Que Bom Brazilian Churrascaria

South American food and culture in Asakusa

Featured    - 3 min read

While large chunks of meat being paraded around a restaurant on swords might be the stuff of a vegetarian's nightmare, Brazilian-style churrascaria dining is actually quite friendly to those who do not partake of meat. Japan, too, is sometimes frustrating for diners with non-meat desires, and accounts of ham on "vegetarian" pizzas and salads are common. Asakusa's Que Bom, however, is particularly adept at making veggie-lovers salivate with its spread of fresh produce. The salad bar is worth a visit in itself.

Most people do, of course, come for the meat. Brazilians love their barbecues, and Que Bom does things right. It is one of the most affordable and most authentically Brazilian churrascarias in Tokyo. If you judge an ethnic restaurant by its clientele, then you will be pleased to see plenty of local Brazilian ex-pats regularly indulging at Que Bom. It is THE place in Asakusa to eat glorious picanha (sirloin tip), a characteristic cut that is rare in this country. Que Bom imports its meats, as Japanese butchers typically do not carve their beef in the same manner as their South American counterparts.

Besides picanha (hint: pronounce the "h" like a "y"), which is really a must for anyone who has never tried it, waiters will pass by your table with a variety of grilled offerings. Try the costela (ribs), alcatra (rump roast), coração (chicken heart), linguiça (Brazilian sausage), and more.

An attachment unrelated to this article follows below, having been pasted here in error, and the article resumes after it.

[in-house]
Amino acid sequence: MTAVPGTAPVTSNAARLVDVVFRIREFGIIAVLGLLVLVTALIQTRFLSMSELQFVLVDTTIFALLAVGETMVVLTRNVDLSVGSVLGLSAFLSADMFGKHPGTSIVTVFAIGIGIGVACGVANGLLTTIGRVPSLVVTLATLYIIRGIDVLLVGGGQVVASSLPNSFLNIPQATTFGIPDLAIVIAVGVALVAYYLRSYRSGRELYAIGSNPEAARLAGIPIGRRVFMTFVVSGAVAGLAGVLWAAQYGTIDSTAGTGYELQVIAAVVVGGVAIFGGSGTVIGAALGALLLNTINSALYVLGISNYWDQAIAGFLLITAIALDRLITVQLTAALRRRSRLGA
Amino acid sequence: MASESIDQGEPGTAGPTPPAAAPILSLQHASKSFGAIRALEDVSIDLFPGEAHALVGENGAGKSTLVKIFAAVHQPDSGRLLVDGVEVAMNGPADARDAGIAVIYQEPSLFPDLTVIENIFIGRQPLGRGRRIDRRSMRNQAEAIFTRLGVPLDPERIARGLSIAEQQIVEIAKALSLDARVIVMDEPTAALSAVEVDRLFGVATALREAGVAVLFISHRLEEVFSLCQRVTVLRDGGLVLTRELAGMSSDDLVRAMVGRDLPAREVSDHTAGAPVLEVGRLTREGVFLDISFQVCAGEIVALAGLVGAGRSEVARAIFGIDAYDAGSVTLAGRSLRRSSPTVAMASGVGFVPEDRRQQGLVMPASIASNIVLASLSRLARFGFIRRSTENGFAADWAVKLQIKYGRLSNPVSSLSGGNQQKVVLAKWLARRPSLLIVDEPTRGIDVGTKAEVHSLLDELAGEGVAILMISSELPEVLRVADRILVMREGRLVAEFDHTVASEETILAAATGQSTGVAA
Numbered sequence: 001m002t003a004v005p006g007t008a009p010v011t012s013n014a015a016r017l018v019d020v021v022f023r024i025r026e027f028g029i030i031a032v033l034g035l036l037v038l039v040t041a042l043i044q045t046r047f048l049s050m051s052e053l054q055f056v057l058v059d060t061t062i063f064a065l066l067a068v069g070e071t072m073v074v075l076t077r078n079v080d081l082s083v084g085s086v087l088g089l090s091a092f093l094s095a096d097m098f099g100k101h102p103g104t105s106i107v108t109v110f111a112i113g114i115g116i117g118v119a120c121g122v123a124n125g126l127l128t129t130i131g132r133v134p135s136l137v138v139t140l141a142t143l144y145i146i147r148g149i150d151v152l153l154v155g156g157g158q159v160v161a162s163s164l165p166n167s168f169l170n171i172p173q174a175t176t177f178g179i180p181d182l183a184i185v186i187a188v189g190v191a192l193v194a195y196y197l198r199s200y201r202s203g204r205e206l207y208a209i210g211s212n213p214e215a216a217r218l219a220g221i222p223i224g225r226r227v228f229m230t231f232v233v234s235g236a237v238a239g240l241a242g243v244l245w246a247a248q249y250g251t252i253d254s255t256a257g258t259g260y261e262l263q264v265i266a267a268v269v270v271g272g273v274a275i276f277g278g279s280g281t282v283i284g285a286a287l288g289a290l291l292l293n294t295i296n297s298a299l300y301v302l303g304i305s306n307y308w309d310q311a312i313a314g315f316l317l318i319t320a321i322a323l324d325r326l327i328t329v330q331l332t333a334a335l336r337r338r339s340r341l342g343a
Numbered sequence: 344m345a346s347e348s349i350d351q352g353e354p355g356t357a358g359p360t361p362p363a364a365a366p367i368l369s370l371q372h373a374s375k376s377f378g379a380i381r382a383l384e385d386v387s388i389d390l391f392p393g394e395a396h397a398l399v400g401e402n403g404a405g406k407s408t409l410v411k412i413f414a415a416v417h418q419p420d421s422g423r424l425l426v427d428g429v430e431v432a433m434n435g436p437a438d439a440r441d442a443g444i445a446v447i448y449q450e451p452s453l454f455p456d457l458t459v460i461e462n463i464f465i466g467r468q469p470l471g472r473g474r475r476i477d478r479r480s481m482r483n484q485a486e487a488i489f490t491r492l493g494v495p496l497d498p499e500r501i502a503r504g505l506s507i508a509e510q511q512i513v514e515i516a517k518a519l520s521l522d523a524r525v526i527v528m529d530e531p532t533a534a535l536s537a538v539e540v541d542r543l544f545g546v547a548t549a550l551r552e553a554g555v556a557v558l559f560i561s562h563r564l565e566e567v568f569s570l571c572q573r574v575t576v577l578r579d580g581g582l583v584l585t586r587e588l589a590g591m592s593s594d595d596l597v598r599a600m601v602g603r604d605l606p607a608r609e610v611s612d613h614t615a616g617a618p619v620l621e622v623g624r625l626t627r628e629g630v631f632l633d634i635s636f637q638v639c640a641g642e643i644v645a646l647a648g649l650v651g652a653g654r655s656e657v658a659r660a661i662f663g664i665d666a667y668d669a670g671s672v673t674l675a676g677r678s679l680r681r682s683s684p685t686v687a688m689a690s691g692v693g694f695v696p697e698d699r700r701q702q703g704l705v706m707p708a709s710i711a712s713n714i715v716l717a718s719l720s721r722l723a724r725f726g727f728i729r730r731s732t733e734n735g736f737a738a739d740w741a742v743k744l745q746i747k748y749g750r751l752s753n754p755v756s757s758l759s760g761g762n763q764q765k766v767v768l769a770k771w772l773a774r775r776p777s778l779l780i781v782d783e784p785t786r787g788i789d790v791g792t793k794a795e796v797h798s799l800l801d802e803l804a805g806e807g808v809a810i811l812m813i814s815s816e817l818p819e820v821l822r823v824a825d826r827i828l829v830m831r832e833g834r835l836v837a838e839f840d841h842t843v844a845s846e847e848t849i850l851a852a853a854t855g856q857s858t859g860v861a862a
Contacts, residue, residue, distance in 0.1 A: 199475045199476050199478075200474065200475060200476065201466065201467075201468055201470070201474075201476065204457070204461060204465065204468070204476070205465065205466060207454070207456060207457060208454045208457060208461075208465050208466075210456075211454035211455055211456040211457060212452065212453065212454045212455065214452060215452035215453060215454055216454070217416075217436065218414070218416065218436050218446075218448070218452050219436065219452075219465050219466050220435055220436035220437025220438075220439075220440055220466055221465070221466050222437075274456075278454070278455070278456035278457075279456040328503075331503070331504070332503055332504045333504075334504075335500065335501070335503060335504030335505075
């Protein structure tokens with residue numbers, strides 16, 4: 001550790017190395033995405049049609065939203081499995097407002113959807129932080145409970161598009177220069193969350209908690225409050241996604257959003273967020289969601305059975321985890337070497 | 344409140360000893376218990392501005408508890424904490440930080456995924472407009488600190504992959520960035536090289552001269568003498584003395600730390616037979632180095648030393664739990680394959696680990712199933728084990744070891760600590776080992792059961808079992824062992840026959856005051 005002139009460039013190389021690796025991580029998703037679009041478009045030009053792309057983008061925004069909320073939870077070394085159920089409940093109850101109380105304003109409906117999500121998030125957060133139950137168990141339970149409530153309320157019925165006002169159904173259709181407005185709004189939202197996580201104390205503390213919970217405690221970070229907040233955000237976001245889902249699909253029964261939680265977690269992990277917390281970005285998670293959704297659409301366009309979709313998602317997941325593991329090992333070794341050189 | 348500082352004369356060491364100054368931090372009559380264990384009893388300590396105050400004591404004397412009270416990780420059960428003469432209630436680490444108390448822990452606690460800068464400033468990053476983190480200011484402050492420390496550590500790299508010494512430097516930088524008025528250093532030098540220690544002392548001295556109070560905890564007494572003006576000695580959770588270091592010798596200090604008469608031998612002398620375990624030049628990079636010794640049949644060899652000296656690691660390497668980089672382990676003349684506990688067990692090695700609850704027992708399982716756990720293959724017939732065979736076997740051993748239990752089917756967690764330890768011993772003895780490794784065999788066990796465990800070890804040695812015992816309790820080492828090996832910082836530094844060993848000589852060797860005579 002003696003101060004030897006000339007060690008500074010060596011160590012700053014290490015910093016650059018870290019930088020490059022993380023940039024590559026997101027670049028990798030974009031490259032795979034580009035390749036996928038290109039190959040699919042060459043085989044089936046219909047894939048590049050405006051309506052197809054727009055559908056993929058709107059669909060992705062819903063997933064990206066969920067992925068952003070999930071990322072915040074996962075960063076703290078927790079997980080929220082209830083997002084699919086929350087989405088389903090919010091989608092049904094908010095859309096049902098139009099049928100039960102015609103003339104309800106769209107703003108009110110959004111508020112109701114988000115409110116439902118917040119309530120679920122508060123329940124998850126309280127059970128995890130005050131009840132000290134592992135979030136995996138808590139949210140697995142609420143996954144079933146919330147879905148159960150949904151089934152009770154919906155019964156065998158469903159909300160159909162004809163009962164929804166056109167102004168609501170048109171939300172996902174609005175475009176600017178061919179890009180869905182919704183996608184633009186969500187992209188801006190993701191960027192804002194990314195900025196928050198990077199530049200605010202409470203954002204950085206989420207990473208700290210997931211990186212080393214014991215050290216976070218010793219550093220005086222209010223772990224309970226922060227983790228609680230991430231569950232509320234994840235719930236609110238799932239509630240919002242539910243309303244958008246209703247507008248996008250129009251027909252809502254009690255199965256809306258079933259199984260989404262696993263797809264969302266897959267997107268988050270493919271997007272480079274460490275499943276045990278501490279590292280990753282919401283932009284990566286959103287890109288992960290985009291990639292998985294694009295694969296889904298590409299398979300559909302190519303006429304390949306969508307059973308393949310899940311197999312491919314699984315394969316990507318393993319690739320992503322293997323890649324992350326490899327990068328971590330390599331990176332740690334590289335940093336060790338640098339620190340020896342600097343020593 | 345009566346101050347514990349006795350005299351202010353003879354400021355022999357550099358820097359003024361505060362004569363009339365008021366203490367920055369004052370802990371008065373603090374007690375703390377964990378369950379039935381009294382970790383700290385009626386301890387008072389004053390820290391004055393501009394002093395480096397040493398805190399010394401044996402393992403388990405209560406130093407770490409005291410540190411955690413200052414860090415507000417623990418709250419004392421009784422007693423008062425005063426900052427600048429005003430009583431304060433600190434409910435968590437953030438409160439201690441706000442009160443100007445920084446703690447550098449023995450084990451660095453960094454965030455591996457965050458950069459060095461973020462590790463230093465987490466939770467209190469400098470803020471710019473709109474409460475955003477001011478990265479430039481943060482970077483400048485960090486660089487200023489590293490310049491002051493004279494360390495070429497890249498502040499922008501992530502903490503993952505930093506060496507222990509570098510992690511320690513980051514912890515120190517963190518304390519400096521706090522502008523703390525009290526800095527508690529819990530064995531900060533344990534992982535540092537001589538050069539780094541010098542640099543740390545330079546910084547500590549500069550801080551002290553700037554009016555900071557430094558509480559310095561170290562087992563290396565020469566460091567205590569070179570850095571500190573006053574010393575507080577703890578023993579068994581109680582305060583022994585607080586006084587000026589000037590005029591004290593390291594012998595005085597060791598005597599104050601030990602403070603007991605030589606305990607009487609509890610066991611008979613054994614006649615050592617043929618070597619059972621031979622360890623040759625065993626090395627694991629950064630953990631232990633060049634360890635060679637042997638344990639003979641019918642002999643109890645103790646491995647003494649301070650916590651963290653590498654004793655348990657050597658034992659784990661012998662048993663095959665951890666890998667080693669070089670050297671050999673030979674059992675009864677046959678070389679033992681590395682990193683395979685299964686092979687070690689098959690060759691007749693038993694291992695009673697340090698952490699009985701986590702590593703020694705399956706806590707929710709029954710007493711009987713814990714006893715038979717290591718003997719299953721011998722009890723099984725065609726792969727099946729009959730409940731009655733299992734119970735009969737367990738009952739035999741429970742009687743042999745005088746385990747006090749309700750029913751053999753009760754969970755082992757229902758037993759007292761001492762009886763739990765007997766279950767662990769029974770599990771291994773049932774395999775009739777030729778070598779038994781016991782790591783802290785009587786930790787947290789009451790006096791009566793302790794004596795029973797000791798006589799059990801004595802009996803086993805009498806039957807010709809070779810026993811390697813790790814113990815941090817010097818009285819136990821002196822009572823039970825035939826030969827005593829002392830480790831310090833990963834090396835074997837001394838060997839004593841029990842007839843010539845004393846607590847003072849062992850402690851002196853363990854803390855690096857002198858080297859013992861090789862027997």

On Wednesdays and Saturdays Que Bom also puts on a special feijoada. This feast of pork and beans with farofa (manioc root flour) is Brazilian comfort food.

Back to the salad bar: while other Brazilian restaurants may present the same tired dishes that are found in most Japanese buffet spreads, Que Bom aims to please its Brazilian clientele, meaning an authentic experience for all.

As for whistle-wetters, popular Brazilian pinga (a.k.a. cachaça, a sugarcane-based liquor) and wines are available, as well as other typical cocktails and non-alcoholic drinks (like Guarana). Order a caipirinha if you dare. If you have never had one of these pinga-and-lime concoctions, proceed with caution--but do proceed.

Check the Que Bom website calendar for their special events and live music performances. When there is an event going on, the restaurant will be full of Brazilians enjoying and sharing the unique vibes of their buoyant culture. Of particular note are the monthly pagode music circles and the live shows on the last Sunday of each month.

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